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Preserved Meyer lemons

Every two or three years, our Meyer lemon tree has a boom season where all we see are fruits covering and weighing down the branches, as if the leaves have gone on vacation. This is one of those years. Other than using them in nearly every savory dish, not to mention lemon curd and lemonade, what do I with them all? Preserve ’em!

Preserved Meyer lemons and spicesBefore I crammed in two more lemons.

Suggestions for use: Minced and tossed into stews or sautés, sections placed inside the cavities of roasted poultry, puréed in dips like hummus, mashed into a marinade or dressing or sauce, etc.! I don’t know their shelf-life in the fridge, but I’ve been fine using a nearly 2-year-old jar of preserved lemons. (Although they do get somewhat mooshy in texture over time, but still useable and flavorful.)

This is enough for one 1-pint jar. I typically reuse a (cleaned!) glass jar and lid that had formerly stored 24 ounces (by weight) of honey.


  • 4 to 6 (11 to 15 ounces) Meyer lemons
  • plenty of fine sea salt, not flaked, preferably not iodized
  • 1 bay leaf, cut into 2 or 3 pieces
  • 1/2 teaspoon whole peppercorns, black or green
  • 2 to 3 inches of cinnamon stick, broken into roughly 1 inch pieces
  • 1 star anise, broken into its component arms; or, 1/2 to 1 teaspoon whole aniseed
  • (optional) a few slices of ginger
  • (optional) 1 black cardamom pod
  • (optional) 1 to 2 cloves of garlic, quartered
  • freshly squeezed Meyer lemon juice


  1. Clean the Meyer lemons, and trim off any blemishes. I usually slice off a small bit from the stem and pointed ends of each lemon, too.
  2. Cut four longitudinal slices into each lemon, almost but not quartering them. You want the center of the lemon to keep the fruit together, and the slices will maximize the surface area exposed to the salt, juice and spices.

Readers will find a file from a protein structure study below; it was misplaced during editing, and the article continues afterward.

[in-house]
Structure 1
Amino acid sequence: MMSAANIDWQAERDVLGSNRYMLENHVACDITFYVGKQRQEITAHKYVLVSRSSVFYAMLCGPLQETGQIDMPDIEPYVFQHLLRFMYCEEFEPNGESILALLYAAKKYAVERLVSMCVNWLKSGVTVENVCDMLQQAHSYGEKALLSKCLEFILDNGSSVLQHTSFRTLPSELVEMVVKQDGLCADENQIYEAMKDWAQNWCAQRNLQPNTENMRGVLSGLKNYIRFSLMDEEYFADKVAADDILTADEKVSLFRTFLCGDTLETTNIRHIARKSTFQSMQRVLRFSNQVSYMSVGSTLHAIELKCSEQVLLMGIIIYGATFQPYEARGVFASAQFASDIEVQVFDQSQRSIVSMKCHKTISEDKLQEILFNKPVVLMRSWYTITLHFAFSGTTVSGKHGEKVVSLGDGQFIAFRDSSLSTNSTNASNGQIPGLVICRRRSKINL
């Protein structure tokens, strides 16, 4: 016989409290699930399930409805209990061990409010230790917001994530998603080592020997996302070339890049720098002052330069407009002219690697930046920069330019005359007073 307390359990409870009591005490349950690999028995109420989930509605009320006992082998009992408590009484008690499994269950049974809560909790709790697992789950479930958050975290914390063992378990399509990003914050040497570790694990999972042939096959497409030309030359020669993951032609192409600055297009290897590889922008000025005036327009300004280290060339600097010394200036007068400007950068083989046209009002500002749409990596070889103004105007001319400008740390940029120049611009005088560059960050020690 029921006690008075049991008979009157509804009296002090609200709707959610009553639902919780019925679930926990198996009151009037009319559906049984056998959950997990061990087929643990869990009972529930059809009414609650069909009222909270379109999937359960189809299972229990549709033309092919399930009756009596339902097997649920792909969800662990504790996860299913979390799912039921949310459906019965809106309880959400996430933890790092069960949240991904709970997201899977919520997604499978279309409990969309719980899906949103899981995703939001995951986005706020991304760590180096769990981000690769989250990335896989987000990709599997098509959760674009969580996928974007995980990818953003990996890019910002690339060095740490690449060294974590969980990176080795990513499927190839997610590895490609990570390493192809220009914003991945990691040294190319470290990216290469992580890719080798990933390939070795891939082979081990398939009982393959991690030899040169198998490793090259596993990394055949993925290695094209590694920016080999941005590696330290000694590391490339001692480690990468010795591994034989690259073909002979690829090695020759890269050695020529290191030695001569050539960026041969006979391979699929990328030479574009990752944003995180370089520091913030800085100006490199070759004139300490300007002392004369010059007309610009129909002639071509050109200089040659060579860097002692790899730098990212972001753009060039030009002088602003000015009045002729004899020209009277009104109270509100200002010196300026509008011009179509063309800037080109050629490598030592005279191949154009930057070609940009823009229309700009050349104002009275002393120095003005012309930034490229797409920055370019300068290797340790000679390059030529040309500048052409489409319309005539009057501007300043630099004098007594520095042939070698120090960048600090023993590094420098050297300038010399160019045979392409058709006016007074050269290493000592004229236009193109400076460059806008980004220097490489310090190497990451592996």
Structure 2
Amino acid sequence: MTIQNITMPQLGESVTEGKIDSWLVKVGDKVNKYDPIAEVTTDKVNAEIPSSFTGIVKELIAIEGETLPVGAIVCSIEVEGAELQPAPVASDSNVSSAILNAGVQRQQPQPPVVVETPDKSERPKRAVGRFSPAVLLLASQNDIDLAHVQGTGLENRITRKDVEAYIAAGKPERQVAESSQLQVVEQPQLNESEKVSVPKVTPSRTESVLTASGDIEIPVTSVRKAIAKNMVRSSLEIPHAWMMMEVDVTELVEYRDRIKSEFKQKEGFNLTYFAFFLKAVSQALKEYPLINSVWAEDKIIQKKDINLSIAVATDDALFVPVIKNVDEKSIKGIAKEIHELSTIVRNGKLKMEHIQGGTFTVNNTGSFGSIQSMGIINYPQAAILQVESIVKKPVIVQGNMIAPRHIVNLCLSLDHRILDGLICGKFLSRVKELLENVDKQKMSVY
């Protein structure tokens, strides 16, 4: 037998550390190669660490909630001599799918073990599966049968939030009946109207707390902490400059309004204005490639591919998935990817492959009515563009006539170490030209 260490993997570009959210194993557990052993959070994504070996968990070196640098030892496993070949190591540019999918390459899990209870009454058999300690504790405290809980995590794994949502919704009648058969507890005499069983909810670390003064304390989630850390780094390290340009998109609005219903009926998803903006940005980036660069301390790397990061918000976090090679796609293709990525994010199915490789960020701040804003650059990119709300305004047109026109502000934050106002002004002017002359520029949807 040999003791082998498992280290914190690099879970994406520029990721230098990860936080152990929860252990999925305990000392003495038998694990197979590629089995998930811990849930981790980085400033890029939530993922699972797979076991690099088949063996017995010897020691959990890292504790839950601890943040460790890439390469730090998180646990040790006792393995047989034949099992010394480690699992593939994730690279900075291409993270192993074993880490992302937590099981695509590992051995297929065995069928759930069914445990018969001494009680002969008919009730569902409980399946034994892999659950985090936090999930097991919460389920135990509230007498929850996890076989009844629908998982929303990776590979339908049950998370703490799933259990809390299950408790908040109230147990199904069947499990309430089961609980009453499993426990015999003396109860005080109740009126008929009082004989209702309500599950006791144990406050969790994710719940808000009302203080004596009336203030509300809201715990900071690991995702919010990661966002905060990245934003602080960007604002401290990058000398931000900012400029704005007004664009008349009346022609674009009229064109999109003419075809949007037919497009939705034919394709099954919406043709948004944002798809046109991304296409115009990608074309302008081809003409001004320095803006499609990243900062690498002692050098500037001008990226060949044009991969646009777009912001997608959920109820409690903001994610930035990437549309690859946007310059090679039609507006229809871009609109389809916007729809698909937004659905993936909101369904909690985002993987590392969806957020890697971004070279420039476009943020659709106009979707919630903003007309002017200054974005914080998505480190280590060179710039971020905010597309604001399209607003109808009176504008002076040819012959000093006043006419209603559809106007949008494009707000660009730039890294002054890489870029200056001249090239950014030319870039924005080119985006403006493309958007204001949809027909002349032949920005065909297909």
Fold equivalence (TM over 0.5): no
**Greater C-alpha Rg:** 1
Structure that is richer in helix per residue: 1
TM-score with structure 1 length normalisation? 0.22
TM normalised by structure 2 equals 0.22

3. Pour about a 1/8 inch of salt into the jar. Add a piece of bay leaf and a third of the spices. Cram in as many lemons to roughly fill a third of the jar.
  4. Repeat until lemons fill nearly the top of the jar. Pour in another 1/4 inch or so of salt. Fill the jar with lemon juice until the fruits are covered with liquid. You might need to gently jiggle the jar every so often to get the juice (and salt) to fill it up; see the photo below for an example.
  5. Cap off and store in the refrigerator. Allow to cure for at least 3 weeks, preferably at least 1 month, before using; shake about once a month to distribute, er, mix up the salt and spices. You can use the entire lemon —zest, pith and pulp— but be sure to remove any seeds or errant stems, and to thoroughly rinse away excess salt under running water. The preserved lemons will still remain quite salty, yet subtly flavored with whatever spices added; I typically wouldn’t need to add any more salt to a dish I’d use them in. 🙂

Preserved Meyer lemons, crammedFive lemons crammed in, and topped with gobs of salt and lemon juice. I just managed to tighten the lid on afterwards.

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